Research universities were essential to the establishment of American hegemony by the end of the 20th century.[18] Most importantly, Berkeley, Chicago, Columbia, and Princeton (along with Birmingham and Cambridge in the UK) directly participated in the creation of the first nuclear weapons (the Manhattan Project).[19][20][21] Besides that, Columbia and Harvard were instrumental in the early development of the American film industry (Hollywood),[22] MIT and Stanford were leaders in building the American military–industrial complex[23] and developing artificial intelligence,[24] and Berkeley and Stanford played a central role in the development of Silicon Valley.[25] The "most prestigious group of research universities" in the United States is the Association of American Universities.[26]

Since the 1960s, American research universities, especially the leading American public research university system, the University of California,[6][27][28] have served as models for research universities around the world.[29][30] Having one or more universities based on the American model (including the use of English as a lingua franca) is a badge of "social progress and modernity" for the contemporary nation-state.[31] The Americans' continued dominance into the early 21st century has forced their European counterparts to confront the urgent need for reform to avoid "declining into an advanced form of feeder colleges for the best American universities."[32]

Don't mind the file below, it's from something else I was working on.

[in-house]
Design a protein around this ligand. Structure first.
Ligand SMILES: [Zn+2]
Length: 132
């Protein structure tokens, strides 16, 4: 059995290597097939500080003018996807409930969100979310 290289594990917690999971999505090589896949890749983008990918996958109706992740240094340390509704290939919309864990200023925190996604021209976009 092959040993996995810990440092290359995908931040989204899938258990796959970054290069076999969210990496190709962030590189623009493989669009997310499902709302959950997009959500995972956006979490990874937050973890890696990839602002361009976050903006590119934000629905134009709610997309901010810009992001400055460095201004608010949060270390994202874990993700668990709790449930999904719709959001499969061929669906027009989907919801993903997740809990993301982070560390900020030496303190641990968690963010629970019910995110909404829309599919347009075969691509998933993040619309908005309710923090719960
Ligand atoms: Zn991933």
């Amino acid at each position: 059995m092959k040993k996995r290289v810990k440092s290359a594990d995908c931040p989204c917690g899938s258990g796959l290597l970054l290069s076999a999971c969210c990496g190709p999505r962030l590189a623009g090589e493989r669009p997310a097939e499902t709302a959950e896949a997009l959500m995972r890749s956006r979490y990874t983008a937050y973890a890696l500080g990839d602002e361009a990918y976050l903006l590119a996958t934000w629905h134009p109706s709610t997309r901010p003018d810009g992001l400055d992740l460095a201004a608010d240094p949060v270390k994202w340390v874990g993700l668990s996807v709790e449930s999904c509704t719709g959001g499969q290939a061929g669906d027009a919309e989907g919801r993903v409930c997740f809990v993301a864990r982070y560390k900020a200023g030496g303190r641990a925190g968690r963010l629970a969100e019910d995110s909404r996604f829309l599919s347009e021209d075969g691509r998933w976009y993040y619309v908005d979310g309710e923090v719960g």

John Taylor, Professor of Higher Education Management at the University of Liverpool, defines the key characteristics of successful research universities as:[8]

  • "Presence of pure and applied research"
  • "Delivery of research-led teaching"
  • "Breadth of academic disciplines"
  • "High proportion of postgraduate research programmes"
  • "High levels of external income"
  • "An international perspective"